This is not the case in other systems where massive super-Earths are found in abundance. In fact, by some estimates, they are the most common type of exoplanet in our galaxy.
UC Riverside astrophysicist Stephen Cain has been studying the possible impact Super-Earth will have on the solar system.
In his model, he placed it between Mars and Jupiter. Kane ran computer simulations of this scenario, changing the mass and location of the hypothetical planet.
He discovered that if there was a Super-Earth in the solar system, we might not exist anymore.
“This hypothetical planet gives Jupiter enough of a boost to destabilize everything else,” Kane said in a press release.
“Even though many astronomers have dreamed of this extra planet, it’s a good thing we don’t have one.”
“Although Jupiter and Saturn experience relatively small orbital perturbations,” writes Kane, “the angular momentum transferred to the ice giants could cause them to be ejected from the system at key resonant points of the additional planet.”
Do not assume that the Earth will remain unscathed. In some simulations, in which the mass of the Super-Earth was seven times the mass of the Earth, our planet was also ejected from the solar system. In this simulation, Mars flies out early in about 10 million years.
“Mercury is also ejected relatively early in response to interactions with Venus and Earth, whose eccentricities gradually increase and create angular momentum in Mercury’s orbit,” Kane wrote.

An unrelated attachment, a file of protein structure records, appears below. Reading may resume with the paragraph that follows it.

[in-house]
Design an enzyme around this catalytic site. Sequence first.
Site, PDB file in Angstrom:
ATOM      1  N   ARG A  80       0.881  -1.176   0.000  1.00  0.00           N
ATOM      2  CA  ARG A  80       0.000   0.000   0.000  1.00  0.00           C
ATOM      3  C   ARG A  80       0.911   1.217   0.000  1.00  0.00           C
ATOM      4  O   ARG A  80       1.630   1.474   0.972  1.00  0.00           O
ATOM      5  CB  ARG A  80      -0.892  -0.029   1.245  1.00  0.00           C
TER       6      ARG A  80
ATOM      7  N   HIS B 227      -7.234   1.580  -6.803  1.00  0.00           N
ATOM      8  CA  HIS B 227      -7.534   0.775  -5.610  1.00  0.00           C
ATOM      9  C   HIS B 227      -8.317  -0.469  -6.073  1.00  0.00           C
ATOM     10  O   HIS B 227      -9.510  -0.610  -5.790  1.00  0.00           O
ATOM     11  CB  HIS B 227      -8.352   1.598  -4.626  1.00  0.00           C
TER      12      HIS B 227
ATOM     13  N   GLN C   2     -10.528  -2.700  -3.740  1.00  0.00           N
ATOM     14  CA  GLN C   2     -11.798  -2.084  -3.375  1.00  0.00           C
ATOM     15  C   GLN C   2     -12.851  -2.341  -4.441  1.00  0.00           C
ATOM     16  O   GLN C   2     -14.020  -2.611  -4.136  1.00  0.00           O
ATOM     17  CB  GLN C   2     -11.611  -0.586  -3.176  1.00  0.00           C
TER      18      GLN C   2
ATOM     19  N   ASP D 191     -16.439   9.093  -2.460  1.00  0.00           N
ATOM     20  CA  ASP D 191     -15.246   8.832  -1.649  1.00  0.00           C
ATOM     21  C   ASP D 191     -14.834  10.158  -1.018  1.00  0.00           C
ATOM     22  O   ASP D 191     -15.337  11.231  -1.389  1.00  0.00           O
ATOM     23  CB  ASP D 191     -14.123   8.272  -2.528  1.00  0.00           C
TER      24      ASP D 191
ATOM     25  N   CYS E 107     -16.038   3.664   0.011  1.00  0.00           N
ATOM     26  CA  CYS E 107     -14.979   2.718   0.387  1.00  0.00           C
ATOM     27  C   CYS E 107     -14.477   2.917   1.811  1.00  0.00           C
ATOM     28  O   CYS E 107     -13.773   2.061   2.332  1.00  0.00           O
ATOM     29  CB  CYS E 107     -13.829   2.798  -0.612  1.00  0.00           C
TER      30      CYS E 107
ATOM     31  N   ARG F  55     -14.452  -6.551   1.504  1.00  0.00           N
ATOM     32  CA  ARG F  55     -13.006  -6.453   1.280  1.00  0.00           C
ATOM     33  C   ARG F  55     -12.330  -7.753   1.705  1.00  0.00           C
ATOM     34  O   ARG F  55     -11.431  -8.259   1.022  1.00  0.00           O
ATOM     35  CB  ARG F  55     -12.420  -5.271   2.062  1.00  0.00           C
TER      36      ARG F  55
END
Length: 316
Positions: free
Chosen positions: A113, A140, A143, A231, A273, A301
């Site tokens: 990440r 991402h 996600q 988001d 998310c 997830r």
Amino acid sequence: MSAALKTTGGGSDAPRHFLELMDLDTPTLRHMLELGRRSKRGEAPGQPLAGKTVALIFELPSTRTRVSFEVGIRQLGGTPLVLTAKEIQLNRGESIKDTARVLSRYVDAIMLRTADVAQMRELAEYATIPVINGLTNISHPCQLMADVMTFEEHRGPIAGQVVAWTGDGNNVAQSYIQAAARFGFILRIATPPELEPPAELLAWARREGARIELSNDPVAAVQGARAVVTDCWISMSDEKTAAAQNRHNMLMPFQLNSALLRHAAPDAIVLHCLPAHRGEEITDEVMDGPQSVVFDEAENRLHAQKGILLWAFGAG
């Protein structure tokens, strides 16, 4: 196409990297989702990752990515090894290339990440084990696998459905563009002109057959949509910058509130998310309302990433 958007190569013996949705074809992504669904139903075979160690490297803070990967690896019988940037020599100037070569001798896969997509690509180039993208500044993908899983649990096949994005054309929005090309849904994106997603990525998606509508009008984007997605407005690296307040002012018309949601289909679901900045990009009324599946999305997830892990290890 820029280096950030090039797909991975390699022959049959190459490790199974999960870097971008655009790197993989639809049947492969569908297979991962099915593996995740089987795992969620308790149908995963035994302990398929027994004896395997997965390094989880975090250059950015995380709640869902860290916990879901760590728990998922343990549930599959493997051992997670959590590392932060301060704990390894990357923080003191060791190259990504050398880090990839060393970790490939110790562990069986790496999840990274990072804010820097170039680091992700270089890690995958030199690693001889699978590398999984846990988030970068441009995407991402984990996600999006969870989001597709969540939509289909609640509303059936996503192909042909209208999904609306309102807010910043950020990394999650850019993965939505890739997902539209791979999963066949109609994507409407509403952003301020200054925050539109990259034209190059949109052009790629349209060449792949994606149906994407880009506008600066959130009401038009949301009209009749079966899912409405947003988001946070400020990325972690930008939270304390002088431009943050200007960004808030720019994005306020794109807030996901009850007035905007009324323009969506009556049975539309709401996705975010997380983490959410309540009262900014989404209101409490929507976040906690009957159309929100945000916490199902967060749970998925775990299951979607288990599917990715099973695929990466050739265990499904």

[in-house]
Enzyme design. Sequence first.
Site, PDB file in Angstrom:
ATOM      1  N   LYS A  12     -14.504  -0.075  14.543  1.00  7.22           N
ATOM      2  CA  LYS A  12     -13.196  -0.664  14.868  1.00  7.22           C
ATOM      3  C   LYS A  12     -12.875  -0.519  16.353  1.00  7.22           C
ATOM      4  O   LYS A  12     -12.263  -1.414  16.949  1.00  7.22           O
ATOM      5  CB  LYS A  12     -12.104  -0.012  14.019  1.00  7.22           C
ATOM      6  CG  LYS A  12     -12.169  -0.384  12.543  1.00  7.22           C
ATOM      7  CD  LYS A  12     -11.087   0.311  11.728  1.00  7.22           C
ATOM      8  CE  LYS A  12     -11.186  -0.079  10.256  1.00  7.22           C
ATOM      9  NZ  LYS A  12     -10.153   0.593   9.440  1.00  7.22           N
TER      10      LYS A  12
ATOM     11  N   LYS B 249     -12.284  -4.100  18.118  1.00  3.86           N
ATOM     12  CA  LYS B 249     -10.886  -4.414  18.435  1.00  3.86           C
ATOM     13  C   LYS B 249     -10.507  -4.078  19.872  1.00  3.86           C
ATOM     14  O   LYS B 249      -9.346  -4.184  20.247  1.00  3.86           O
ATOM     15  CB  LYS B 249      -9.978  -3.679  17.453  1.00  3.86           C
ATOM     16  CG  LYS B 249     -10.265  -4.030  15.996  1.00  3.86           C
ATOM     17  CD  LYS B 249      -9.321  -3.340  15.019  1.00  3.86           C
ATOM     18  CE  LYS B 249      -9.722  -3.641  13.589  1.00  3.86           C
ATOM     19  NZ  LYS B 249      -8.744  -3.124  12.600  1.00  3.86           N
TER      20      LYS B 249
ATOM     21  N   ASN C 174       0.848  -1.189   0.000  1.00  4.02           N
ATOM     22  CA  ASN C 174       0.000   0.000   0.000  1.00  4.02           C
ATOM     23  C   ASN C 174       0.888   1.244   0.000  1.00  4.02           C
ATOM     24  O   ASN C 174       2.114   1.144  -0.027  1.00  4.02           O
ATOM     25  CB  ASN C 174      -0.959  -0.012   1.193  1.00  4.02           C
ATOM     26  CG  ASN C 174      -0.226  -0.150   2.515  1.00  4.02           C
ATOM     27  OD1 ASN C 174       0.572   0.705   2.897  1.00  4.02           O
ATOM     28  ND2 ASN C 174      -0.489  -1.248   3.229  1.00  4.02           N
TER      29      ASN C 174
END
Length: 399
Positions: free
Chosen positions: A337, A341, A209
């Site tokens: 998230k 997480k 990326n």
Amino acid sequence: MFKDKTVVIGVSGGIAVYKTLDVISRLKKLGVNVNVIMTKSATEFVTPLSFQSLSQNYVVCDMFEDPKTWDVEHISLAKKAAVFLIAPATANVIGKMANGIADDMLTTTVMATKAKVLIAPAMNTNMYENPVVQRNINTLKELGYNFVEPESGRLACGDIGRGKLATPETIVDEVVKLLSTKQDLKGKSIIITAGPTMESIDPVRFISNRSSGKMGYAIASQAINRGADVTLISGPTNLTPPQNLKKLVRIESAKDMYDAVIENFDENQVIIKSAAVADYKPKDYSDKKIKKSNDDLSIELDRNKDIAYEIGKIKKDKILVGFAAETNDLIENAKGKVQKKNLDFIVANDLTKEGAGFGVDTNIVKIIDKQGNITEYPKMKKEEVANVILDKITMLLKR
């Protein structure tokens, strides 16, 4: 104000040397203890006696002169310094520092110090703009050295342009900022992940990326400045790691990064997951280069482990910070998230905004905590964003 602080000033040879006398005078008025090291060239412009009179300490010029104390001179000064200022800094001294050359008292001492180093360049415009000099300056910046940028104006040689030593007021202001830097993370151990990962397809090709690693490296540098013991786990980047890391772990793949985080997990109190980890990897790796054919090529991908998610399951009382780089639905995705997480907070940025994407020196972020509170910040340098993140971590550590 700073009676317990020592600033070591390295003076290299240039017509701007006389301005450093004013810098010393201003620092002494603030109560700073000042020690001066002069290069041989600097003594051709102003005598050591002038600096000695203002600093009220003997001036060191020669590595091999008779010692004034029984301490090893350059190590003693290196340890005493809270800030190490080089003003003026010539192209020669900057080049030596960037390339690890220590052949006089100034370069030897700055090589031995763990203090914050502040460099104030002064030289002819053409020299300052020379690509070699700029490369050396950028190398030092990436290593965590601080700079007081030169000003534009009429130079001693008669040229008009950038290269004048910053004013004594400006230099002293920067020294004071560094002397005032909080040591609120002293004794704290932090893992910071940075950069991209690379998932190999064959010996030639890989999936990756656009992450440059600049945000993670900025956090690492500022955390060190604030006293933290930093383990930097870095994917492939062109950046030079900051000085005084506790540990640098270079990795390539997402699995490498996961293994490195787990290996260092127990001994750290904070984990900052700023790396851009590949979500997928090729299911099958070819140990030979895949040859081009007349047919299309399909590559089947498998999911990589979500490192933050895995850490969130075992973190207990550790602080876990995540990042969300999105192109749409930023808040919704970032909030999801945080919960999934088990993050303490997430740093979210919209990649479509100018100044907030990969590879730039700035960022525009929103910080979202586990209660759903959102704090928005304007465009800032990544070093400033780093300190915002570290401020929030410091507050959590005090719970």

Gradually, the orbits of Venus and Earth become more eccentric, “resulting in catastrophic close encounters” between the planets.
“Hence, both Venus and Earth are removed from the system within 8-9 million years.”
Kane explains that our gas giants, possibly migrating through the solar system, could have influenced the formation of rocky planets, preventing the formation of Super-Earths.
This means we don’t have a handy Super-Earth to explore that would help us learn more about exoplanet Super-Earths.
He notes that his “work represents the positive aspect of the absence of a local Super-Earth, demonstrating the potential for orbital instability such additional planetary mass can create.”
The good news is that gas giants like Jupiter can have a stabilizing effect on the orbits of rocky planets and super-Earths.
The bad news is that gas giants make up about 10 percent of the exoplanets we’ve discovered so far.
“The solar system is more finely tuned than I previously thought,” Kane added in a press release.
“It all works like complex clockwork. Add more gears to the mix and it all breaks down.”
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